Roughly 60,000 older Missourians will lose state aid to help them pay for prescription drugs starting in July.
But lawmakers hope the cut won’t be permanent.
Seniors who earn less than 85 percent of the federal poverty level, or roughly $10,000 a year for an individual, qualify for both Medicaid and Medicare. That entitles them to state aid for 100 percent of out-of-pocket costs on medications.
Those earning between 85 percent and 185 percent of the federal poverty level, or up to about $22,000 a year for an individual, qualify for a state program call MORx. It covers 50 percent of out-of-pocket prescription drug costs.
The state’s $27 billion budget eliminates funding for those earning more than 85 percent of the federal poverty level, a $15 million savings that would cut coverage for 60,000 Missourians.
“This is for one year,” said Sen. David Sater, a Cassville Republican. “Hopefully, if we find the money, we can restore the funding.”
Even without the funding in the budget, Rep. David Wood, a Morgan County Republican, is pushing legislation to keep the MORx program alive for another five years. The program is set to expire on Aug. 28, Wood said, which would make it much more difficult to reinstate funding down the road.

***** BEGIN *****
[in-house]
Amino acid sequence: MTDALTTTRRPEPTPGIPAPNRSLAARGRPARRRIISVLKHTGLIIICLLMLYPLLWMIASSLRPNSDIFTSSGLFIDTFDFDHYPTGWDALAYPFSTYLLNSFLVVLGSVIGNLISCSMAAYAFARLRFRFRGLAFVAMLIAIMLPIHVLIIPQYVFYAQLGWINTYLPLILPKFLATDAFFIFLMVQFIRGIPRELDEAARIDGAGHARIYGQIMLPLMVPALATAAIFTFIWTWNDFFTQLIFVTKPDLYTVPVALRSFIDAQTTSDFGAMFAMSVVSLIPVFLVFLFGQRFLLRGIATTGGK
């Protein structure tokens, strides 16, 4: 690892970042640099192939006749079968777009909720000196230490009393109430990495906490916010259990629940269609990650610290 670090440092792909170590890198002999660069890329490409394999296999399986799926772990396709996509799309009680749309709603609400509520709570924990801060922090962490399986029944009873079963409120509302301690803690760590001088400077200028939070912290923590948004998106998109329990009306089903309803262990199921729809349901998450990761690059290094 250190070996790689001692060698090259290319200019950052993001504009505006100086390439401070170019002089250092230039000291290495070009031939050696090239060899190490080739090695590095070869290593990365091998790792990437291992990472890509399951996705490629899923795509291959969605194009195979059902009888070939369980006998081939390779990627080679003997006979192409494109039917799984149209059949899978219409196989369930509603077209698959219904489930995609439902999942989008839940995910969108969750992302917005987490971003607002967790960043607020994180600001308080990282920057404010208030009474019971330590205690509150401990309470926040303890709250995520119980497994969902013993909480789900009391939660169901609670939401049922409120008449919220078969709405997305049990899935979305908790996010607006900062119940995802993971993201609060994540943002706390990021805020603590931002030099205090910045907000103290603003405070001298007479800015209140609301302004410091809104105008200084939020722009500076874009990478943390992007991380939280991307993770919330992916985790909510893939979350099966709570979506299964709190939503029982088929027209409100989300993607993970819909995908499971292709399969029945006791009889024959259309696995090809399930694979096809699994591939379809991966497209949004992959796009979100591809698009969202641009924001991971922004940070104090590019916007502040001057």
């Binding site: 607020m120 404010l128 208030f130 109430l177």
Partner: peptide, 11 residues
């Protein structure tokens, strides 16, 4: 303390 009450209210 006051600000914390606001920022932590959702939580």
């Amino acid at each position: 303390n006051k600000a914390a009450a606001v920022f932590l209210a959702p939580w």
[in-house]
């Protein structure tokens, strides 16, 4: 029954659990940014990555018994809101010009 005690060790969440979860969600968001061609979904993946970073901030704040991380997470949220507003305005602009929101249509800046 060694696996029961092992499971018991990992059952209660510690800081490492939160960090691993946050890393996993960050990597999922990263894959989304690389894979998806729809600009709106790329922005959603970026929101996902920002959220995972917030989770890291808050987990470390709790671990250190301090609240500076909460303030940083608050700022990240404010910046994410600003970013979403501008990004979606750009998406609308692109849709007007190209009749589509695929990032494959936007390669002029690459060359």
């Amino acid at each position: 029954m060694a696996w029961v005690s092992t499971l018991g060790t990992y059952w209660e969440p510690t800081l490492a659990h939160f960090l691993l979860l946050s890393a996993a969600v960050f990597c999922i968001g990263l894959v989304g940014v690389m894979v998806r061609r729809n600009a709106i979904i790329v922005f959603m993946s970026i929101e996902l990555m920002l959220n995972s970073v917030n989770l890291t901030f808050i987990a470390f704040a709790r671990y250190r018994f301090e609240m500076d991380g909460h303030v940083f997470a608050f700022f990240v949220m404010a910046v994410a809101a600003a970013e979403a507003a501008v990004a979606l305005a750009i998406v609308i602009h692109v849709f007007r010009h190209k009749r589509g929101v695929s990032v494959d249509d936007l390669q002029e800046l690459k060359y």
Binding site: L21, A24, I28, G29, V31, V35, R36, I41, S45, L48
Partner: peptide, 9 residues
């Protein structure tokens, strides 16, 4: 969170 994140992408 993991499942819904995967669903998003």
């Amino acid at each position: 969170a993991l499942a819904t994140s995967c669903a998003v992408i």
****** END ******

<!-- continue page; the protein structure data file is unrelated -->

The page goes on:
“At least if we keep the program alive, it makes it easier to restore,” he said. “I’m not a fan of cutting the program, but we’re in budget times where we have to make cuts.”
Sen. Jill Schupp, a St. Louis County Democrat, called the cut “heartless,” putting the blame for the state’s tough budget situation on bills approved over the years cutting taxes for corporations.
“This is not somewhere we inadvertently landed,” she said. “We got here because of policies we put in place in previous years that put a hole in the budget. And when you do that, you hurt the most vulnerable people in our state.”
Jay Hardenbrook, a lobbyist for the AARP, said the cut is concerning and could end up costing the state more in the long run.
“We fear that this will lead to more Missourians endangering their health by not taking their prescriptions,” he said. “We fear that this decision will lead to greater costs in the Missouri Medicaid program as people deplete their limited savings.”
The cut comes as a standoff between the House and Senate jeopardizes state aid for in-home and nursing home care for 8,000 elderly and disabled Missourians.
The Senate passed legislation authorizing a review of special state funds to find excess money that could prevent cuts to the in-home and nursing home care program. House leaders balked at the plan, preferring its proposal to avoid the cuts by eliminating a tax credit for low-income seniors who rent their homes.
The Senate has refused to negotiate, so if the House doesn’t approve the review of state funds, then 8,000 elderly and disabled Missourians will lose assistance.
The state Constitution mandates the legislature will adjourn by 6 p.m. Friday.